The Gamecocks are still on the table, Davis said — along with just about every other college with a football program. As a sophomore, his first year as a full-time receiver, the former quarterback and running back caught 11 touchdowns. Last year, he pulled in nine TDs and tallied 1,184 yards receiving while helping Archer to an 11-win, Class AAAAAA state runner-up finish. ESPN national recruiting director Tom Luginbill said that while there are players who can run a straight line faster than Davis — ranked No. 31 in the latest ESPN 300 — few possess his size, strength, and assortment of tools. “Davis is a difference maker,” said Luginbill. “The complete package.”

The schools Davis has been most frequently associated with are SEC rivals Georgia, Auburn, and Tennessee. But, mindful of jumping to decision again, he says he has not made up his mind, and probably will not do so until shortly before he announces on Oct. 23, Archer’s homecoming.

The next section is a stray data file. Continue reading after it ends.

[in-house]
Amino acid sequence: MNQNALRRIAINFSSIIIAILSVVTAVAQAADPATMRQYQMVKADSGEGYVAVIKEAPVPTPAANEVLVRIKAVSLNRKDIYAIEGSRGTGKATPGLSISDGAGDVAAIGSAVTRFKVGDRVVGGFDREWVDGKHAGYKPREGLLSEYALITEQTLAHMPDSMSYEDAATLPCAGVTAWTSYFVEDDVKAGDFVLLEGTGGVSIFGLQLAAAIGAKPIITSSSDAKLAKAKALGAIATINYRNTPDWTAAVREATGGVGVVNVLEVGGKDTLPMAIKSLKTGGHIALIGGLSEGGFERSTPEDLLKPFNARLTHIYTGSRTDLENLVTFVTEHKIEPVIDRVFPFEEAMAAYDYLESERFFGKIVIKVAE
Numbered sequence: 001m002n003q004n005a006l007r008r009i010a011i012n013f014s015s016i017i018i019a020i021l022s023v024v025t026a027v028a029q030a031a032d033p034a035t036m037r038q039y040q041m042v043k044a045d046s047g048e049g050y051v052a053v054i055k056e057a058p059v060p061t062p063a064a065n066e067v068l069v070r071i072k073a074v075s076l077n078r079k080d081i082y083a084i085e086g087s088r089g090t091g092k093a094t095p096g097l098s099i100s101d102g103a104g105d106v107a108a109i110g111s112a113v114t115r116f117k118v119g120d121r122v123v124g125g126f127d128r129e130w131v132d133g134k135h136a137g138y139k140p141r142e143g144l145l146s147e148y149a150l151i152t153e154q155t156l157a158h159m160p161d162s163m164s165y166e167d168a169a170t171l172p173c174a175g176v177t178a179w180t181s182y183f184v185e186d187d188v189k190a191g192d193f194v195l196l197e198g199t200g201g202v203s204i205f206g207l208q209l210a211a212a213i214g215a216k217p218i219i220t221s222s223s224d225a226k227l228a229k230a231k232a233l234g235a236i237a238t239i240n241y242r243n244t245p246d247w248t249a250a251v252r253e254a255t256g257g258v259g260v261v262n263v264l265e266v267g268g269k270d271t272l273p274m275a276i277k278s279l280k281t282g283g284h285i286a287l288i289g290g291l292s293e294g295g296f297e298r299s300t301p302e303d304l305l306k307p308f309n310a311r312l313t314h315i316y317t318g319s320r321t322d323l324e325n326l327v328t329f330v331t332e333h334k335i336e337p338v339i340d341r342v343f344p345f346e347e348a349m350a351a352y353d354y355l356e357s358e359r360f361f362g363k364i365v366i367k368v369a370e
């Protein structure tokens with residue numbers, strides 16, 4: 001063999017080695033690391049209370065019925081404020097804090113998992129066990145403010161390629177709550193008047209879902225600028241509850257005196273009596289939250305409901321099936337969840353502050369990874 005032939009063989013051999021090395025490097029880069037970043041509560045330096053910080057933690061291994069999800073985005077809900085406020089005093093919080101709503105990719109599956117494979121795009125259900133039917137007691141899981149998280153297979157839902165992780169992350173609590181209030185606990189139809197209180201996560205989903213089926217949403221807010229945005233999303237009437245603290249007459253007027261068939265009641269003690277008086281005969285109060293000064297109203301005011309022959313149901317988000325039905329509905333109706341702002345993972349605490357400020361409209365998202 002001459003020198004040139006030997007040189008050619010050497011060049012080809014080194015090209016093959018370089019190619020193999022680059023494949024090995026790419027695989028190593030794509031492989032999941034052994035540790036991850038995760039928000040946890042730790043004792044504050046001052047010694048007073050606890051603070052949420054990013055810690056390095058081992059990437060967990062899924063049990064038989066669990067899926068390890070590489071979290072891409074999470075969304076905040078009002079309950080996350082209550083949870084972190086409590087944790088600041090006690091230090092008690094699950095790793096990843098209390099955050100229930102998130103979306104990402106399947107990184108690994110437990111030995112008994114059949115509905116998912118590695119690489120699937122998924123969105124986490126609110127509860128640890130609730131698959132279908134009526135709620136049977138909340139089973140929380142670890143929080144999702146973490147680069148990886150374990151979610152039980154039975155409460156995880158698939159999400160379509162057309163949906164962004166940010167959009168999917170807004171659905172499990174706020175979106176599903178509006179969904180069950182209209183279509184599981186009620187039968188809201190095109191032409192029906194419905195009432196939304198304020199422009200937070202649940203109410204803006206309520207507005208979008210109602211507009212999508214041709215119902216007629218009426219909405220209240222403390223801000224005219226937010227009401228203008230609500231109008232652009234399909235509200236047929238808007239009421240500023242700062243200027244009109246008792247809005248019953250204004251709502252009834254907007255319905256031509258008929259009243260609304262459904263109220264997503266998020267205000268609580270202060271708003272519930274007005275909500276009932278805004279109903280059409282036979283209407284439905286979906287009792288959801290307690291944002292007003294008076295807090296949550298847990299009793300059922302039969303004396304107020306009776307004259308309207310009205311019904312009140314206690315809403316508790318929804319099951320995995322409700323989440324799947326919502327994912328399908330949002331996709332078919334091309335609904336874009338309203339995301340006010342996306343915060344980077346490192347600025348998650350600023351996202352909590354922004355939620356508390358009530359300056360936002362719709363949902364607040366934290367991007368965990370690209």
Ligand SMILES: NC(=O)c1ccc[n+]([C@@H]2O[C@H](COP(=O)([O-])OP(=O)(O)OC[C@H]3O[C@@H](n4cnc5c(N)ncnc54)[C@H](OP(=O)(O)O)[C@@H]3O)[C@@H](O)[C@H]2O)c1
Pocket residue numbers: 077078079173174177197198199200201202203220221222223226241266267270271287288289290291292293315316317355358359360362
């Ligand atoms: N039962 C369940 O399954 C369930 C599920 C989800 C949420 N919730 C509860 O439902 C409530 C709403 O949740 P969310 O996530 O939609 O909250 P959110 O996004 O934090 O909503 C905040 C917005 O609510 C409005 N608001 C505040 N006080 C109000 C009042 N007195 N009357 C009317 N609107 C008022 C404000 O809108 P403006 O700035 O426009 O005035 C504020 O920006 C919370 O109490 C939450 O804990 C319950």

If the weight of that decision is wearing on the 17-year-old, it doesn’t show on the field even as rumors swirled in the last month that he was a silent commitment to Georgia. For those grasping for hints, he was wearing Georgia gloves Saturday night, although Georgia and Archer do have the same colors.

During warmups on Saturday, Davis was shouting and dancing, setting a loose tempo for is teammates before the TV cameras descended. During the game, he practically skipped to his position, bobbing his head to the pep-band brass-and-thump even as he stood in formation.

He said it hasn’t yet kicked in that this is his last year of high school, his last season on this turf, in those locker rooms, and in this ill-fitting red-and-white uniform.

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Focusing on his game, Thon Maker is bulking up and looking forward to his strong future

SUWANEE Ga.—Over the past year, five-star phenom Thon Maker has bulked up. He started lifting weights five days a week, began eating seven meals a day, and gradually bumped the scale beneath his already imposing 7-foot-1 frame from a wiry 191 pounds to solid 218.